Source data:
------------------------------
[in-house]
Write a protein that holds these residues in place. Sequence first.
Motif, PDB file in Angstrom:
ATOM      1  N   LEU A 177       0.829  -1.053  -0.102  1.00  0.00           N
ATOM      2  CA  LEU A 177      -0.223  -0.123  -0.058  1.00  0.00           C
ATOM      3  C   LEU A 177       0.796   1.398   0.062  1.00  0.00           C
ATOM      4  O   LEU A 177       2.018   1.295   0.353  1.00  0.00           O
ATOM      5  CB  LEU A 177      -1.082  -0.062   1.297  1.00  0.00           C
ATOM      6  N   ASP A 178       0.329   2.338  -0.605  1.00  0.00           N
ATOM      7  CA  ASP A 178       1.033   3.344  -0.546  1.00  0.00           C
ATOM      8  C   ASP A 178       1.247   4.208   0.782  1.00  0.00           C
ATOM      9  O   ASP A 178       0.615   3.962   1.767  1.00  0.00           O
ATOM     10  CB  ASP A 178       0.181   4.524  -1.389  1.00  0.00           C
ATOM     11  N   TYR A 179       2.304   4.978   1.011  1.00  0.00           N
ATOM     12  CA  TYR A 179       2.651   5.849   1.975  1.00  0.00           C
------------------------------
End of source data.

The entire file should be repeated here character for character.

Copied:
[in-house]
Write a protein that holds these residues in place. Sequence first.
Motif, PDB file in Angstrom:
ATOM      1  N   LEU A 177       0.829  -1.053  -0.102  1.00  0.00           N
ATOM      2  CA  LEU A 177      -0.223  -0.123  -0.058  1.00  0.00           C
ATOM      3  C   LEU A 177       0.796   1.398   0.062  1.00  0.00           C
ATOM      4  O   LEU A 177       2.018   1.295   0.353  1.00  0.00           O
ATOM      5  CB  LEU A 177      -1.082  -0.062   1.297  1.00  0.00           C
ATOM      6  N   ASP A 178       0.329   2.338  -0.605  1.00  0.00           N
ATOM      7  CA  ASP A 178       1.033   3.344  -0.546  1.00  0.00           C
ATOM      8  C   ASP A 178       1.247   4.208   0.782  1.00  0.00           C
ATOM      9  O   ASP A 178       0.615   3.962   1.767  1.00  0.00           O
ATOM     10  CB  ASP A 178       0.181   4.524  -1.389  1.00  0.00           C
ATOM     11  N   TYR A 179       2.304   4.978   1.011  1.00  0.00           N
ATOM     12  CA  TYR A 179       2.651   5.849   1.975  1.00  0.00           C